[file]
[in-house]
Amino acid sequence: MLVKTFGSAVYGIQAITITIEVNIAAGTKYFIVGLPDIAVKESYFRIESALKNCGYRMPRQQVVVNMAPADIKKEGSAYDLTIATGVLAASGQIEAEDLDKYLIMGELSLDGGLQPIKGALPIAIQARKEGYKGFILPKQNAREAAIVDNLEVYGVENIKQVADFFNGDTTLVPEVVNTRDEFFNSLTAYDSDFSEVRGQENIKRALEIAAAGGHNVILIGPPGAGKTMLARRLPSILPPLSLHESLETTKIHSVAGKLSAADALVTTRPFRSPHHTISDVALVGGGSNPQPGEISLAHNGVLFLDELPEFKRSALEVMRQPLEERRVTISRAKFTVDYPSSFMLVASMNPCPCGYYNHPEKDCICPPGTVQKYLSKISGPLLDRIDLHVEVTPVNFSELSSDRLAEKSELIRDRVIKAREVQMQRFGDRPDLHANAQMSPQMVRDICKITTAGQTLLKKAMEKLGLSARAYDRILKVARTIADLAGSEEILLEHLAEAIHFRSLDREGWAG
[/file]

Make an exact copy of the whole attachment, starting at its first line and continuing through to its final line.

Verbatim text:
[in-house]
Amino acid sequence: MLVKTFGSAVYGIQAITITIEVNIAAGTKYFIVGLPDIAVKESYFRIESALKNCGYRMPRQQVVVNMAPADIKKEGSAYDLTIATGVLAASGQIEAEDLDKYLIMGELSLDGGLQPIKGALPIAIQARKEGYKGFILPKQNAREAAIVDNLEVYGVENIKQVADFFNGDTTLVPEVVNTRDEFFNSLTAYDSDFSEVRGQENIKRALEIAAAGGHNVILIGPPGAGKTMLARRLPSILPPLSLHESLETTKIHSVAGKLSAADALVTTRPFRSPHHTISDVALVGGGSNPQPGEISLAHNGVLFLDELPEFKRSALEVMRQPLEERRVTISRAKFTVDYPSSFMLVASMNPCPCGYYNHPEKDCICPPGTVQKYLSKISGPLLDRIDLHVEVTPVNFSELSSDRLAEKSELIRDRVIKAREVQMQRFGDRPDLHANAQMSPQMVRDICKITTAGQTLLKKAMEKLGLSARAYDRILKVARTIADLAGSEEILLEHLAEAIHFRSLDREGWAG